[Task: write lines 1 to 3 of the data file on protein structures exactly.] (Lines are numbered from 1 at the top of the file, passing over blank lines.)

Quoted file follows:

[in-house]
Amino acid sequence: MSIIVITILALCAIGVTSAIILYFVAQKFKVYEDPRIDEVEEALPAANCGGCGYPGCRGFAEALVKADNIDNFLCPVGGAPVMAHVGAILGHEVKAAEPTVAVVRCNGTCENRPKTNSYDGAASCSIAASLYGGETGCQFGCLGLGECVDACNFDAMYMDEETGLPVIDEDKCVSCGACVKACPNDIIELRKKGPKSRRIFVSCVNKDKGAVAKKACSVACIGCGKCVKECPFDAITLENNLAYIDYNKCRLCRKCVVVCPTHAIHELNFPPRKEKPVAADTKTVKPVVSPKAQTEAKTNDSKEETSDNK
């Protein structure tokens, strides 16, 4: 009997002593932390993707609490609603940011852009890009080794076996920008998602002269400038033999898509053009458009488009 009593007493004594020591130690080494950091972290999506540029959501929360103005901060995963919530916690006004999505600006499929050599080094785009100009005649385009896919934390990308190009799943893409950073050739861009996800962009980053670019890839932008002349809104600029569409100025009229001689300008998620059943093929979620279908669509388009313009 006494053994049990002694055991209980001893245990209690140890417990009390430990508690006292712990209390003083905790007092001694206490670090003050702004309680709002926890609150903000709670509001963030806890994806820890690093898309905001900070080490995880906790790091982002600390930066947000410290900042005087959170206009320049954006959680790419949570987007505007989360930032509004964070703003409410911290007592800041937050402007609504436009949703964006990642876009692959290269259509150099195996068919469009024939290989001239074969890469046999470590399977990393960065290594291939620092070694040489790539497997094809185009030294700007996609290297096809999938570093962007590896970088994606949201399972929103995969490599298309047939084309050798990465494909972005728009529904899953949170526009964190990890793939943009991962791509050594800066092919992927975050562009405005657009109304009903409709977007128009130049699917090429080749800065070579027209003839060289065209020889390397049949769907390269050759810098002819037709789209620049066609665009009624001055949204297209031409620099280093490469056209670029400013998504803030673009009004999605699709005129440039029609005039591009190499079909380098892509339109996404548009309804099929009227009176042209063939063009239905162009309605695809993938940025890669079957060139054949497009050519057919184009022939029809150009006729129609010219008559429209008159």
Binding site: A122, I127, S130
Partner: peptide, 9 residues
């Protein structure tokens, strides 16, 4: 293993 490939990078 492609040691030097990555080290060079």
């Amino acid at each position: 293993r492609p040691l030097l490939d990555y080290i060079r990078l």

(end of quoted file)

[in-house]
Amino acid sequence: MSIIVITILALCAIGVTSAIILYFVAQKFKVYEDPRIDEVEEALPAANCGGCGYPGCRGFAEALVKADNIDNFLCPVGGAPVMAHVGAILGHEVKAAEPTVAVVRCNGTCENRPKTNSYDGAASCSIAASLYGGETGCQFGCLGLGECVDACNFDAMYMDEETGLPVIDEDKCVSCGACVKACPNDIIELRKKGPKSRRIFVSCVNKDKGAVAKKACSVACIGCGKCVKECPFDAITLENNLAYIDYNKCRLCRKCVVVCPTHAIHELNFPPRKEKPVAADTKTVKPVVSPKAQTEAKTNDSKEETSDNK
């Protein structure tokens, strides 16, 4: 009997002593932390993707609490609603940011852009890009080794076996920008998602002269400038033999898509053009458009488009 009593007493004594020591130690080494950091972290999506540029959501929360103005901060995963919530916690006004999505600006499929050599080094785009100009005649385009896919934390990308190009799943893409950073050739861009996800962009980053670019890839932008002349809104600029569409100025009229001689300008998620059943093929979620279908669509388009313009 006494053994049990002694055991209980001893245990209690140890417990009390430990508690006292712990209390003083905790007092001694206490670090003050702004309680709002926890609150903000709670509001963030806890994806820890690093898309905001900070080490995880906790790091982002600390930066947000410290900042005087959170206009320049954006959680790419949570987007505007989360930032509004964070703003409410911290007592800041937050402007609504436009949703964006990642876009692959290269259509150099195996068919469009024939290989001239074969890469046999470590399977990393960065290594291939620092070694040489790539497997094809185009030294700007996609290297096809999938570093962007590896970088994606949201399972929103995969490599298309047939084309050798990465494909972005728009529904899953949170526009964190990890793939943009991962791509050594800066092919992927975050562009405005657009109304009903409709977007128009130049699917090429080749800065070579027209003839060289065209020889390397049949769907390269050759810098002819037709789209620049066609665009009624001055949204297209031409620099280093490469056209670029400013998504803030673009009004999605699709005129440039029609005039591009190499079909380098892509339109996404548009309804099929009227009176042209063939063009239905162009309605695809993938940025890669079957060139054949497009050519057919184009022939029809150009006729129609010219008559429209008159």